Five Ways To Support LGBTQIA+ Students

School librarians can extend their efforts further with policies and practices that let LGBTIA+ students and their families know their school library supports them.

LGBTQIA+ people are under attack in the United States. As of May 8, 474 anti-LGBTQ bills had been advanced in state legislatures across the country, according to the ACLU.

We must continue fighting to make school library collections more ­LGBTQIA+ inclusive. School librarians can extend their efforts further with policies and practices that let these students and their families know their school library supports them.

Nondiscrimination policies

LGBTQIA+ students must be included in the language of the library’s nondiscrimination policy. Explicitly name sexual orientation, gender identity, and expression as protected categories. Avoid referencing state or federal laws, which may not protect LGBTQIA+ people.

Your library, school, or district may already have a nondiscrimination policy that you can make visible in virtual and physical spaces. If not, get the conversation started and create one.

Inclusive language

Identify places where gendered language may exist in your practice, such as automated emails, overdue notices, communication materials, and caregiver forms.

When communicating with caregivers or about them, do you default to “mom and dad”? Do you address groups as “boys and girls”? Try alternatives: friends, students, y’all, scholars, etc.

Eliminate gendered pronouns when they’re unnecessary and use gender-neutral pronouns and names instead. When someone tells you their pronouns, do your best to use them. If you find it difficult, practice!

But be mindful using these pronouns in public. A student may not always feel safe using them around all students or adults. Ask students and educators who share their pronouns: “Can I refer to you using these pronouns in class? With other teachers? Your parents or caregivers?”

Advocate for people’s pronouns when others misgender them. If you make a mistake with ­pronouns, apologize and move on. Avoid putting pressure on the person you ­misgendered to make you feel ­better. The Pronoun Dressing Room ( offers examples of using different pronouns and neo-pronouns.

Visible inclusion

Use signage and displays to signal your LGBTQIA+ support. Displaying pride flags or Safe Zone stickers lets students know you’re an ally. GLSEN’s 2022 School Climate Survey found that ­students reported an increased sense of belonging and were less likely to miss school or feel unsafe in schools with more supportive adults.

Only display a Safe Zone sticker if you completed the Safe Zone Project training; don’t display in shared spaces if all adults using it haven’t been trained.

When it comes to displays, it’s important to have LGBTQIA+-specific displays (e.g., Pride Month, Transgender Awareness Week)—and as important to include LGBTQIA+ titles in all displays (Women’s History Month, Black History Month, etc.).


Digital resources

You can have all the ­LGBTQIA+ inclusive titles in the world, but if you don’t make them visible or findable, they won’t circulate. Create pathfinders for these materials, but carefully consider how they might be used outside of their intended contexts. If you are in a school/district where your LGBTQIA+ collection is under attack, think about how to make items visible to students without exposing them to scrutiny from unsupportive community members. Can you create lists only available to students with a login? Can you share resources to find titles outside of your collection? (For example., Goodreads has lists and tags for ­LGBTQIA+ content).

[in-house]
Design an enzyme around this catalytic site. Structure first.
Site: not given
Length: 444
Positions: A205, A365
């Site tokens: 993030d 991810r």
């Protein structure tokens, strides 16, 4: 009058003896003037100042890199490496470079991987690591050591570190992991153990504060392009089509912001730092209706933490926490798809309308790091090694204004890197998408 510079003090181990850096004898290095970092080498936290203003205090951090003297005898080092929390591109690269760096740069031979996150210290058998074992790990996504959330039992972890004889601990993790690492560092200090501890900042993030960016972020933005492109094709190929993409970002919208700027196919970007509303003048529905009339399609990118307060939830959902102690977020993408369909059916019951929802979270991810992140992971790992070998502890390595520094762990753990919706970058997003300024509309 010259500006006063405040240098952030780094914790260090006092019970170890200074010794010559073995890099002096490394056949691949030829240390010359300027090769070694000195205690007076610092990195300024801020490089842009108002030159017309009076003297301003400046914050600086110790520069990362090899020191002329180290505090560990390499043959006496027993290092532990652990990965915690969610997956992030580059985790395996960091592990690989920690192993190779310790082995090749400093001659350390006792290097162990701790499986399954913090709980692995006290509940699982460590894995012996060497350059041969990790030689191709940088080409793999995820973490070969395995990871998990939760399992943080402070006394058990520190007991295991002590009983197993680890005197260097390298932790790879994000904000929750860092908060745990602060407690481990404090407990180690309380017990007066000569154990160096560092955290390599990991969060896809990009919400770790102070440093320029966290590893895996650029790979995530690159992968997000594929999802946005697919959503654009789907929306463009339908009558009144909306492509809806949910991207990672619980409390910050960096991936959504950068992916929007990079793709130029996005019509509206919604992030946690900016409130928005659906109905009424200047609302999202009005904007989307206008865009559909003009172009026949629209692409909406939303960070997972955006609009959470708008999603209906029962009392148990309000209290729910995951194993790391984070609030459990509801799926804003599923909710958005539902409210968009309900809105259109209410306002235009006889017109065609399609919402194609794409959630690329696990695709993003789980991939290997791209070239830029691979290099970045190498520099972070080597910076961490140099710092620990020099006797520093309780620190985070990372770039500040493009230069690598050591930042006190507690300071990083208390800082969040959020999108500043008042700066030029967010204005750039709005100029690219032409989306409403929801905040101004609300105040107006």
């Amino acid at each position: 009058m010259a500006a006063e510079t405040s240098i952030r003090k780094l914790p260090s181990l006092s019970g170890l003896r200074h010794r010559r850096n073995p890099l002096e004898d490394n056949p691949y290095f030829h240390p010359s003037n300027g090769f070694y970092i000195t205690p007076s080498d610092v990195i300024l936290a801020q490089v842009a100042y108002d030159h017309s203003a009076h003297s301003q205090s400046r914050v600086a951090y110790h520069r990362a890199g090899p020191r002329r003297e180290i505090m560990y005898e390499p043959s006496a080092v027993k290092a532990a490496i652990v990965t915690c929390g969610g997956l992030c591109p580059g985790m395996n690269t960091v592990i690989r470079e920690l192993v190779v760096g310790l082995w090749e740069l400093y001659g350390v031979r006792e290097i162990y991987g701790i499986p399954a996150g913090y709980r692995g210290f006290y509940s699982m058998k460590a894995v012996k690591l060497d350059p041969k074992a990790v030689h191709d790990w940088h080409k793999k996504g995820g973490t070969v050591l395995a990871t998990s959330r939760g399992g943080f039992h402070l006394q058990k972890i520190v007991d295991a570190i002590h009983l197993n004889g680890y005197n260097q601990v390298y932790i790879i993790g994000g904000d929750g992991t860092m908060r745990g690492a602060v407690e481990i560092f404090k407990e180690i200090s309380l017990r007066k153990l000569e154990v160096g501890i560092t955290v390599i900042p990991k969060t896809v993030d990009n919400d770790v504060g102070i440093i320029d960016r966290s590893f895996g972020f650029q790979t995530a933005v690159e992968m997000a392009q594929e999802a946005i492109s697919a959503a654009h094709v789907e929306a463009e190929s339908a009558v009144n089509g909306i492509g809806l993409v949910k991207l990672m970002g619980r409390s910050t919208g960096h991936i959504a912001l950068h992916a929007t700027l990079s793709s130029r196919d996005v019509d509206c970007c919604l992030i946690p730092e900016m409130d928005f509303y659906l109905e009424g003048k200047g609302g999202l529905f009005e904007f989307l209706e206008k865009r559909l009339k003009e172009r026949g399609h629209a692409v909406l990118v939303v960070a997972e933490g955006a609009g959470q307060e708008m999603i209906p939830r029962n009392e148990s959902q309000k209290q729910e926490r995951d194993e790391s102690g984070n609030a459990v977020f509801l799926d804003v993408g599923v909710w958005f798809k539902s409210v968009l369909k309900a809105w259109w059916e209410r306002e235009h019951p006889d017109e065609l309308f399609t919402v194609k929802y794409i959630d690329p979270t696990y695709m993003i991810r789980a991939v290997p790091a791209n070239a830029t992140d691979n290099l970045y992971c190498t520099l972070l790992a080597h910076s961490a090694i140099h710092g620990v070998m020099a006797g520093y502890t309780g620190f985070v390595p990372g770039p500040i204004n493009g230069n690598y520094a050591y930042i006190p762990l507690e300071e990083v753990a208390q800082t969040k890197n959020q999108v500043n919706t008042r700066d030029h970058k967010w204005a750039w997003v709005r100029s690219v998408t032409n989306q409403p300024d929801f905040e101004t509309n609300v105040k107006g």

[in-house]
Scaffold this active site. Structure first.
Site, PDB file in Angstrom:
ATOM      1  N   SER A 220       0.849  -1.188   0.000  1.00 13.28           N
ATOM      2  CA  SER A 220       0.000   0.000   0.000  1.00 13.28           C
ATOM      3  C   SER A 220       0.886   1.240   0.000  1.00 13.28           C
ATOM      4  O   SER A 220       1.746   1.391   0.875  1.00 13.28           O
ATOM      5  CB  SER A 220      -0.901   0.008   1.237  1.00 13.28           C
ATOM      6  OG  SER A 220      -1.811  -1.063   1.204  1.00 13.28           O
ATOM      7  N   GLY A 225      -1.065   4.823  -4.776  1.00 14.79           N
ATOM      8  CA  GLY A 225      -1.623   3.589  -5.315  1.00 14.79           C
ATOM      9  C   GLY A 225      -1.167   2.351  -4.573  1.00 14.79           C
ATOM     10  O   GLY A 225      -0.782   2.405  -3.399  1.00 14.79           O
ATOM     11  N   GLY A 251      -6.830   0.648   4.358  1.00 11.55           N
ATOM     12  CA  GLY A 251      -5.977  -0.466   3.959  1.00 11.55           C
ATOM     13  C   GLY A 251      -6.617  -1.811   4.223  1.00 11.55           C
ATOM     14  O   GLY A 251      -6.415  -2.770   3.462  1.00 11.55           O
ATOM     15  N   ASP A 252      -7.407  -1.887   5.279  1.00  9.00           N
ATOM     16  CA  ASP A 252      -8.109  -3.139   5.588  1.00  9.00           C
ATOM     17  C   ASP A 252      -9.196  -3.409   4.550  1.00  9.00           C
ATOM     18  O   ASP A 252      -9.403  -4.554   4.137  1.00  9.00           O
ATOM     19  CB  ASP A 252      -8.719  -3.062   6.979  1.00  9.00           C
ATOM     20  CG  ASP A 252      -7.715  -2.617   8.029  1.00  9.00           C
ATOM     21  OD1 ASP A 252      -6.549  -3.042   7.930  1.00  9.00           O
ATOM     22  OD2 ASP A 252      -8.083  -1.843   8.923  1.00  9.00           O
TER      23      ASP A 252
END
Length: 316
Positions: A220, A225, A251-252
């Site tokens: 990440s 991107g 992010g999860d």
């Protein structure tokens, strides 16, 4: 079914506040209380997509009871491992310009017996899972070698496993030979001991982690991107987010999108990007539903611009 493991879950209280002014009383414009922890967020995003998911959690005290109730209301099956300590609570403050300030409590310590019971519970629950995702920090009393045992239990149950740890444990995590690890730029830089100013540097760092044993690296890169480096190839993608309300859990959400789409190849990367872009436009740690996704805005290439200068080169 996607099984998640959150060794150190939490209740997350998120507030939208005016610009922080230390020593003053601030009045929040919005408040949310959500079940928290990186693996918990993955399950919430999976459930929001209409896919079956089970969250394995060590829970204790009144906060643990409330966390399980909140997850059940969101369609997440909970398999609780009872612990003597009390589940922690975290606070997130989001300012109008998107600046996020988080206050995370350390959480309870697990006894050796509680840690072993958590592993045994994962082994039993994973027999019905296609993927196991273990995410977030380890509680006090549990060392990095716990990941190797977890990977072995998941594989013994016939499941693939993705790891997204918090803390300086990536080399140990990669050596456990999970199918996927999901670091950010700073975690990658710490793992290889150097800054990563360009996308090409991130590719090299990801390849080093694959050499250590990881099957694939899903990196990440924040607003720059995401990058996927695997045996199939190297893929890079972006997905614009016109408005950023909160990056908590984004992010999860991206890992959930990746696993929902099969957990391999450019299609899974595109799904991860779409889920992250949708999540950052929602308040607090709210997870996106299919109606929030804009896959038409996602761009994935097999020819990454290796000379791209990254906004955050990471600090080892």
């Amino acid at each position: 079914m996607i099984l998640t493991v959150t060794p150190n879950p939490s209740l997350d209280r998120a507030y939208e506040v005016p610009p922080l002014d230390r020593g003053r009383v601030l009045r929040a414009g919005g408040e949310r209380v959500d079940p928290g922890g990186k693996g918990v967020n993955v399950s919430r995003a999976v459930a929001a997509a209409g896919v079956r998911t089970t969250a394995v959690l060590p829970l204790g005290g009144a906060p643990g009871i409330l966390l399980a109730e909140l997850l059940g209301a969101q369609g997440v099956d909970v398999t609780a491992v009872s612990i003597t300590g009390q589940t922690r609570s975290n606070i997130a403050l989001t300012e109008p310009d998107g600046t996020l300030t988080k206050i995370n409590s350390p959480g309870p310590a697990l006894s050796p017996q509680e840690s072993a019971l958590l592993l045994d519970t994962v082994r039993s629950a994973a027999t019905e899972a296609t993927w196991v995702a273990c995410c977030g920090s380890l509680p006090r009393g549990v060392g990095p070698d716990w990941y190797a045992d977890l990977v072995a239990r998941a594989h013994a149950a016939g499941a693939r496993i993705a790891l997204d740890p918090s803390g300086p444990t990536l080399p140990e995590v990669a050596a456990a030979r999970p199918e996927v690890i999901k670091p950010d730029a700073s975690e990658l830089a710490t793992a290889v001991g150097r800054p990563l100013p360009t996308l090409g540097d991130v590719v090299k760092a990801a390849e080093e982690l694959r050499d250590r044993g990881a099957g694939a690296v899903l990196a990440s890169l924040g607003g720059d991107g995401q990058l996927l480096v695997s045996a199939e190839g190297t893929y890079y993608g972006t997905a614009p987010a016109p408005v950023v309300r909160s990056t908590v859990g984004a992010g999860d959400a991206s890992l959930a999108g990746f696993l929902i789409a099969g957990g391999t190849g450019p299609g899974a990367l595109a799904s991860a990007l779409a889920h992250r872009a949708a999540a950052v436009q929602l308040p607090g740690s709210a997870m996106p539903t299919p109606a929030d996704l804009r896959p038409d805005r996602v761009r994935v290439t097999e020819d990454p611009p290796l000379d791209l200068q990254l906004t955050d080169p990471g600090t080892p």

Protecting patron privacy is especially important for LGBTQIA+ students who may not feel comfortable or safe sharing their identities with peers and/or adults. Depending on your state, school librarians have varying abilities to protect student circulation records. When possible, provide as little information as you can without the students’ consent. When thinking about students’ privacy and records, consider:

  • Can students modify their names and pronouns in the records? Do they know they can ask you to?
  • If it’s not possible to modify their legal name, can you add a field for their chosen name and pronouns?
  • Do students, teachers, and guidance counselors know you can add that field so they can share information with students who wish to include it?
  • Do you have student or parent library volunteers? Do they have ­access to student records and circulation? (They shouldn’t have access to records or engage in circulation if avoidable. If not, they need explicit training about student privacy.)
  • Do you have a self-checkout ­station for students who may want ­discretion?

Final thoughts

Each of these actions is small and, in isolation, won’t have a significant impact on the feelings of exclusion and stigmatization many LGBTQIA+ students have. But together, they will make for a more holistic practice of inclusion. 

 Jenna Spiering is an assistant professor in the School of Information Science at the University of South Carolina, where Vanessa Kitzie is an associate professor.

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